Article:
Golf as Therapy

I love to golf simply because it gets me outdoors. Driving a cart, drinking a cold beer and scoping out squirrels is heavenly. The game itself is the most frustrating game ever invented by man. So frustrating that therapy sessions and confession may be needed. And I am not even Catholic. It’s frustrating when you can only hit a ball 20 yards with each shot. By the count of twenty I am on the green, then another 20 putts later I’m near (not in) the hole. “Gimme” and “Mulligan” are two of my favorite words.

Now, on occasion, those parties behind me are a little less patient than I. They play their shots that come rolling past me and never shout out “fore!” That’s when I use my own form of therapy. I conveniently knock their balls back to the rough, sand or a water hazard. Amazingly, I can hit the ball straight and long with their shots. It’s fun watching them shout and curse as they try to find their shots. I feel much better as I forge ahead.

But the game itself is not therapeutical at all. I take practice swings, layout a calculus stance, wiggle my hiney and still slice it into the woods or lodge it to someone’s nice new stucco job. Well, at least I can! I’ve played football, basketball, softball, tennis, ping-pong and never had the same frustrations as I have had with golfing. I’ve come close to killing my father and a few friends, and, with much guilt, one poor squirrel. I’ve dug fox holes and left craters with my shots. I’ve spun around like a ballerina while completely missing a swing and have fallen into the water hazard trying to save a drowning ball.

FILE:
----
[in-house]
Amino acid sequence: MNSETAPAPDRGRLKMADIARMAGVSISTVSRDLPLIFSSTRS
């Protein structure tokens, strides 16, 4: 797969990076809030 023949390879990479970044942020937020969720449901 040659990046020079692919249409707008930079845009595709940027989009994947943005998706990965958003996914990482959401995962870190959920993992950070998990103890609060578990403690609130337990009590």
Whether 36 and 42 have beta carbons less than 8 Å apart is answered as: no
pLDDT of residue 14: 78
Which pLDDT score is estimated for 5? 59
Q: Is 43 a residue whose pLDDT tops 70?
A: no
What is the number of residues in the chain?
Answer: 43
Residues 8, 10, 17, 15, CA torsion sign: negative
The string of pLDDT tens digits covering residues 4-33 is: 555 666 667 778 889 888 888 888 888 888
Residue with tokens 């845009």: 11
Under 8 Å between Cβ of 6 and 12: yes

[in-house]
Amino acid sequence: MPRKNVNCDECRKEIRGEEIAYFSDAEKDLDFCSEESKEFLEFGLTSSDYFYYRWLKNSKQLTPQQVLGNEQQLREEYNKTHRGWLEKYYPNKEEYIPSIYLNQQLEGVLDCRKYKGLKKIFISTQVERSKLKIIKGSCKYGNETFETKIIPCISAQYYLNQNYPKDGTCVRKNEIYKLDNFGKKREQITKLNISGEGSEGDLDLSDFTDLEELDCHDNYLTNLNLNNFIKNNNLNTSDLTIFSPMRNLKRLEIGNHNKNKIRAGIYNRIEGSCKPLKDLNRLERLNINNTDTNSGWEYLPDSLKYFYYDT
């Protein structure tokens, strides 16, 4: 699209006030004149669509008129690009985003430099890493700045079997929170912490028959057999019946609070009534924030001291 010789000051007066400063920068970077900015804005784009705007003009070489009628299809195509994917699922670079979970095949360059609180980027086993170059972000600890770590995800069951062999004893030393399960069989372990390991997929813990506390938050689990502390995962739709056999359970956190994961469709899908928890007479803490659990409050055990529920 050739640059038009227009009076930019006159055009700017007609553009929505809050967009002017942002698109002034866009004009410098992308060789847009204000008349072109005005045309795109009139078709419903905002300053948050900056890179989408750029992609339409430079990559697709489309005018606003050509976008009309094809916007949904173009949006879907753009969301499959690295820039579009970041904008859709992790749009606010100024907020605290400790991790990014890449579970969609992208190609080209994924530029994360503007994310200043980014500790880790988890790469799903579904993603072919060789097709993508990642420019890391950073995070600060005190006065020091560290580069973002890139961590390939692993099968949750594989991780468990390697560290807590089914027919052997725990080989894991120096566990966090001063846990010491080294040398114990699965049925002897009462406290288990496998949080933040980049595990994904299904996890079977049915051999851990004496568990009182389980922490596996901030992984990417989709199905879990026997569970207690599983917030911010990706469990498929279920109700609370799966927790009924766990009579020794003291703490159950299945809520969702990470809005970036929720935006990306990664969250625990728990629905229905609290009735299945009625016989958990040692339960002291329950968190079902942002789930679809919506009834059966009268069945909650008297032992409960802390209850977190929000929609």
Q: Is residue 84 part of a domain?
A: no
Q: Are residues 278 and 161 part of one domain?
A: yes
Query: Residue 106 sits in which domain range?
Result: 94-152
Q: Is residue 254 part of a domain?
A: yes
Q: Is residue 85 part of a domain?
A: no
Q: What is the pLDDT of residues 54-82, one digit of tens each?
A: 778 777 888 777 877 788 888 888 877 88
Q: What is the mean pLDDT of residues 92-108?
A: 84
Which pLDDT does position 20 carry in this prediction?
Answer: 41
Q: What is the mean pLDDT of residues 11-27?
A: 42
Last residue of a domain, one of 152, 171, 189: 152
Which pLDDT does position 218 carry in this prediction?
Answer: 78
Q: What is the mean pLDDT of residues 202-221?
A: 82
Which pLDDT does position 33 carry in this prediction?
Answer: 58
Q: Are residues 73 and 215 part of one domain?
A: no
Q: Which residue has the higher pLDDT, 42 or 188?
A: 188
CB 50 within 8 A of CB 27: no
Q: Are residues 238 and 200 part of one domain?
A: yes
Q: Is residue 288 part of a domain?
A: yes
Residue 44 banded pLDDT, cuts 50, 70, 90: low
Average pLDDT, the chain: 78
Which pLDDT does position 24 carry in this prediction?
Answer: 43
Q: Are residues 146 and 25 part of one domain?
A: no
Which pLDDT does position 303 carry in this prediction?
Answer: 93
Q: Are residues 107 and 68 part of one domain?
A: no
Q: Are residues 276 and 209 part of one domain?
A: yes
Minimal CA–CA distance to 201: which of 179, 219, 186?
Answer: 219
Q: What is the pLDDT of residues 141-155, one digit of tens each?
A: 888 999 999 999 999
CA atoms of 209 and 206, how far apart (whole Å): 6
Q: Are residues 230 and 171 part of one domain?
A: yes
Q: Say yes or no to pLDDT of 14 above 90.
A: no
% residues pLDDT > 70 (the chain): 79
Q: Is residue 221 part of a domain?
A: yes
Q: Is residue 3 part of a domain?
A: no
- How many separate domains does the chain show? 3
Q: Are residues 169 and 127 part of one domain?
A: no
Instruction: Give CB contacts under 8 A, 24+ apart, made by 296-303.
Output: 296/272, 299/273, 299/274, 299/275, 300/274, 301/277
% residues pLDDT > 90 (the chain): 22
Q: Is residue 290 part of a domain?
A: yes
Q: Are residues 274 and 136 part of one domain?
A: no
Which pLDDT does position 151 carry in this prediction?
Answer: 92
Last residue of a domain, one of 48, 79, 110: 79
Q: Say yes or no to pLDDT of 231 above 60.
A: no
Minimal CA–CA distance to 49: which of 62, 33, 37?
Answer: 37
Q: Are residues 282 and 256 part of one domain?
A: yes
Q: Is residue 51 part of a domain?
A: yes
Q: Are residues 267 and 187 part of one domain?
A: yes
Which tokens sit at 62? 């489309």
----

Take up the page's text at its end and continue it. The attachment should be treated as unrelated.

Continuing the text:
To make matters worse, golf is getting too expensive. There is little money left after a game to continue the therapy at the 19th hole, which is where all golfers work feverishly to get to. They rush their games, curse at each stroke and then joke about it at the lounge. We have to joke because our game sucks! We watch the pros and reminisce about the one shot we had in 200 that was of a professional caliber. I, for one, recall over and over the long put that hit the hole. I don’t continue with the story about how it went over the hole and kept going and going like a heat-seeking-squirrel-destroying projectile.

This is why now I only go to the driving range and putting green. There I even have enough money remaining for therapeutical liquids and can tell my stories gloriously at the 19th hole. Ahh, I feel much better now!


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